Resident is not in numerator and any of the following is true: 1.

  • The target assessment is a discharge (A0310F = [1011]. 
  • E0200A is equal to [-, ^]. 
  • E0200B is equal to [-, ^]. 
  • E0200C is equal to [-, ^]. 
  • E0800 is equal to [-, ^]. 
  • E0900 is equal to [-, ^].

    There are no covariates to this Quality Measure.

So, what can a facility do if there are a significant number of residents triggering for this Quality Measure?

  • Develop an “Action Team” consisting of direct care staff, leadership from nursing, rehab, physicians/nurse practitioners, activities staff, and pharmacists.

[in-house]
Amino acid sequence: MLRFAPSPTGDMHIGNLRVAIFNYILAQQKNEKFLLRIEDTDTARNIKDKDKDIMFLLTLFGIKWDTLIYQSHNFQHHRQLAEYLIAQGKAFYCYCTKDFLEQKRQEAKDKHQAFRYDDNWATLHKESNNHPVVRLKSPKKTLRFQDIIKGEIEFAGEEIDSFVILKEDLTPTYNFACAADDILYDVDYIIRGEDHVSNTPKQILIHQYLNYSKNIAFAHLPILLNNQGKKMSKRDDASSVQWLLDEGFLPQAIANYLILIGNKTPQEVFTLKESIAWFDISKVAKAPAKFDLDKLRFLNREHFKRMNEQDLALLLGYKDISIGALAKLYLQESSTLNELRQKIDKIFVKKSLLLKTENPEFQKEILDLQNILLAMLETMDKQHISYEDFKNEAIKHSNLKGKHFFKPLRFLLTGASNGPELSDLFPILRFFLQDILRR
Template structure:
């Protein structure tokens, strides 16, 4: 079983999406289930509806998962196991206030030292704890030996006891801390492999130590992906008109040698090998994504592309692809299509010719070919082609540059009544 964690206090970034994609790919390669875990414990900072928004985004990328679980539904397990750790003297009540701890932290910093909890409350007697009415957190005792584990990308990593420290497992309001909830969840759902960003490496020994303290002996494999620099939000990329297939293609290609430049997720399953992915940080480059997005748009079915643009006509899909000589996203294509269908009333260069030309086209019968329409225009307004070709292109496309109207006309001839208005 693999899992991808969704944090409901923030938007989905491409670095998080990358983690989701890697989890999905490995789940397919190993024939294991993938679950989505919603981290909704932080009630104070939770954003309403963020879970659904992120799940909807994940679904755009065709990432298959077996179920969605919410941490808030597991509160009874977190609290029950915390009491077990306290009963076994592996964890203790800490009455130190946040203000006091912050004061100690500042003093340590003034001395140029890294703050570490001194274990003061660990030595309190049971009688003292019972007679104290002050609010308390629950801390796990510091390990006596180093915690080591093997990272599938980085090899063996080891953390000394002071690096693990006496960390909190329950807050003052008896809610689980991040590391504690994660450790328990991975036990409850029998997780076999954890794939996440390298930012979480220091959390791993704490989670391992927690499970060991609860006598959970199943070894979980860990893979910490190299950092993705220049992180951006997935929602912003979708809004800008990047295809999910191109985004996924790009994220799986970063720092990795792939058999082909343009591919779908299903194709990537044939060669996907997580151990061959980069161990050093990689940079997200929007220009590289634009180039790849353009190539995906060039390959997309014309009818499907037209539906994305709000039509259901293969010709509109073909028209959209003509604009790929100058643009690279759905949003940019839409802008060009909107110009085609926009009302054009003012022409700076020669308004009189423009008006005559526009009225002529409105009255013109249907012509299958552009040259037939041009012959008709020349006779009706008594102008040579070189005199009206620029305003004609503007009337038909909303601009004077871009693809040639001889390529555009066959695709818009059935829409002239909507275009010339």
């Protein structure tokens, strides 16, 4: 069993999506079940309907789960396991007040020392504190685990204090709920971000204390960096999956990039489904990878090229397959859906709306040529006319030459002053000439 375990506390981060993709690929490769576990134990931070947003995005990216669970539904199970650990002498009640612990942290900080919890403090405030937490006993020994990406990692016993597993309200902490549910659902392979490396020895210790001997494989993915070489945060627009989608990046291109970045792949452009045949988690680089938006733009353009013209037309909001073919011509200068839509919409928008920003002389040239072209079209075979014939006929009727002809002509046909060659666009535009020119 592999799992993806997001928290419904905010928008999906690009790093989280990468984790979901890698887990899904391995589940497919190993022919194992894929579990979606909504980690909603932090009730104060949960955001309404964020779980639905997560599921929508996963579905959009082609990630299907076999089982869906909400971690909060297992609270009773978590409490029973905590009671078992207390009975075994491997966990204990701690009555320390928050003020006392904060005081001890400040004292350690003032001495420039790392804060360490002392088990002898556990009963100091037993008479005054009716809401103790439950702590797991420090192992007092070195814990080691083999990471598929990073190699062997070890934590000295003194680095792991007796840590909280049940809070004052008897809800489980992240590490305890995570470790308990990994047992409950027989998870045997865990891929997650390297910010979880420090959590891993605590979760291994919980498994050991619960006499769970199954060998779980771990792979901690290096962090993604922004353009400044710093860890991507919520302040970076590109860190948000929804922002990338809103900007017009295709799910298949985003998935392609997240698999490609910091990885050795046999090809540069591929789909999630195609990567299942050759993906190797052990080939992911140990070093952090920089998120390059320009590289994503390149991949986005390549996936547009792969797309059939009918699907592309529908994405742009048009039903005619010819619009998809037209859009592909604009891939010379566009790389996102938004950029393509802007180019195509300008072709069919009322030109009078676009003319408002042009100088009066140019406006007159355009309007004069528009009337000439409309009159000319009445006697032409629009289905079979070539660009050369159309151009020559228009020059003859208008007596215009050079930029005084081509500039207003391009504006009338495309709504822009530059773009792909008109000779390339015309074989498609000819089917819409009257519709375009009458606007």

• Develop an Assessment Process.
    • Speech and Occupational Therapy utilize standardized cognitive assessments that can identify the stage of dementia each resident is functioning.  The Global Deterioration Scale and Allen Cognitive Assessments are used to identify clinical characteristics of dementia.  The Allen Assessment identifies if there is any new learning ability and identifies patient strengths.
    •  Care plans and teaching programs for staff can be developed based on the results of the assessments to assist staff with managing behaviors and the use of appropriate approaches and cueing strategies to decrease triggering of behaviors.